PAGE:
I strongly believe in the merits of this class. Though I sat in on the course with him, I did not help him with the reading material. If he wanted to hunt with Papa, he needed to prove he was mature enough to pass the course on his own merit.

The exam took him nearly an hour to complete.  I was very proud when the instructor announced he had passed … a solid score of 95%!!

 

Building Anticipation for Florida

In the fall of 2012, we surprised the kids one morning with the announcement that we were going to Disneyland.  As we live in Northern California, we woke them early (about 4 am, if I recall) and explained that their bags were already packed.  Their response was not of delight and enthusiasm, but rather a subdued, “Really? Can’t we got to Yosemite instead?”  

My daughter has never been interested in princesses.  When we brought the kids to Disneyland the first time in 2007, she had just turned five and my son was only 2 1/2. She had no interest in a princess make-over or the pretty dress-up costumes and she was too young to enjoy most of the rides.  My son barely remembers the trip.  Though they enjoy Disney films, their favorite movies at that time were Samurai Jack and The Polar Express.  In the end, we had a great time but the kids weren’t all that interested.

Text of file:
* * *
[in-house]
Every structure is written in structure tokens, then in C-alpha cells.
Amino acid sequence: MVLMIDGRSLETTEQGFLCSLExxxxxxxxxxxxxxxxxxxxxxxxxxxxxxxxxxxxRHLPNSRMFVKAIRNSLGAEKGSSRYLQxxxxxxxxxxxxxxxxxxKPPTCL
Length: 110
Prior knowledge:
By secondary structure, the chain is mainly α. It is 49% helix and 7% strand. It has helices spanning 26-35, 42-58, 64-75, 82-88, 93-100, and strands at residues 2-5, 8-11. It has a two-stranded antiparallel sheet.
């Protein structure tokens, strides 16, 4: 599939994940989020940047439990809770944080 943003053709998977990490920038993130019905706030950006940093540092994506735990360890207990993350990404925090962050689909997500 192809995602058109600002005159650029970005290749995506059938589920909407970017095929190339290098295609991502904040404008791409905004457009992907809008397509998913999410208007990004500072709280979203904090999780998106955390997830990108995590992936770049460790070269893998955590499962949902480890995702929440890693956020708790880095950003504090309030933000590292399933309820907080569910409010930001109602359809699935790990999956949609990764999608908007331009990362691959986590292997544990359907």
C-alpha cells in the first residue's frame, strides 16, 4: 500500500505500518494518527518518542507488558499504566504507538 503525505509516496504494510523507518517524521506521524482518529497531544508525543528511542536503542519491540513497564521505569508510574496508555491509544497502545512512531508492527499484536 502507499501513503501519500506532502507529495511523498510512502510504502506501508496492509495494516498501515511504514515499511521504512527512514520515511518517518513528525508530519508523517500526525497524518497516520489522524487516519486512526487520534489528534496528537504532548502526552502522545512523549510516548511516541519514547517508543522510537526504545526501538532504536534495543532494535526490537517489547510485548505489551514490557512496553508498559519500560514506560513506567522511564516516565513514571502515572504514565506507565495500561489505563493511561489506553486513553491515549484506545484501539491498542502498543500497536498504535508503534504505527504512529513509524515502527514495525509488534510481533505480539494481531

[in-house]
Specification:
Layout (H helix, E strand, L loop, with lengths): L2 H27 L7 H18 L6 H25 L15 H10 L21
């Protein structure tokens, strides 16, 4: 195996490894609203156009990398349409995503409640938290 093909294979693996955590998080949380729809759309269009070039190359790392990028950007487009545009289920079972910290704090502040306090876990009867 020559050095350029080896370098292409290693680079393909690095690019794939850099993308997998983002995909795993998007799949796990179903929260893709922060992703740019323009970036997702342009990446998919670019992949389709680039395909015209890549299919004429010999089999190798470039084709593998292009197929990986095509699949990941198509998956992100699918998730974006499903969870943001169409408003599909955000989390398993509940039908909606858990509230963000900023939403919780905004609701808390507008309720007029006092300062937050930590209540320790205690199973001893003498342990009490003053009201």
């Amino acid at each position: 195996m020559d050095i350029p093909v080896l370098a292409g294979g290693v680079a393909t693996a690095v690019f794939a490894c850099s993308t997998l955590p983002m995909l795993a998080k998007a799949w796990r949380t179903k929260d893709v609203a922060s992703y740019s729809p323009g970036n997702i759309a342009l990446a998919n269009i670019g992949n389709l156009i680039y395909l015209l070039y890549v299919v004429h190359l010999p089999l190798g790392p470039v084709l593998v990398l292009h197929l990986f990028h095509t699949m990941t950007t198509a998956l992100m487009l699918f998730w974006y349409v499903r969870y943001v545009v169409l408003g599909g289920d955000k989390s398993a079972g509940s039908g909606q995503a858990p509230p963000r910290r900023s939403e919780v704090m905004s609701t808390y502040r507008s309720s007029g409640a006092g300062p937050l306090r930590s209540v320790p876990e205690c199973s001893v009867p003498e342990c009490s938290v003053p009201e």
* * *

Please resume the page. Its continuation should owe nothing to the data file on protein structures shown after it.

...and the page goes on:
disney07
As they were significantly older and taller the second time, we expected to have a much different experience in 2012.  We were not disappointed.  They were able to ride all the rides, they lacked only courage.  My daughter loved Space Mountain and went on it 4 times in succession, stopping only when her belly betrayed her.  My son, on the other hand, was not keen on any of the roller coasters.

We did our best to encourage him but assured him he wouldn’t be forced to go. We would get in line as a family and when we got to the front of the line, we asked him one last time, “Do you want to ride or do you want to wait here?”  He would begrudgingly choose to ride but made it clear that he wasn’t happy about it.  When the ride was over, he would proclaim, “That was fun!”

We went through this every time we approached a new ride.  Not surprisingly, he loved every ride he went on and thanked us later for encouraging him to push past his fear.  Neither of the kids went on Screamin’ – we knew it would have been too much.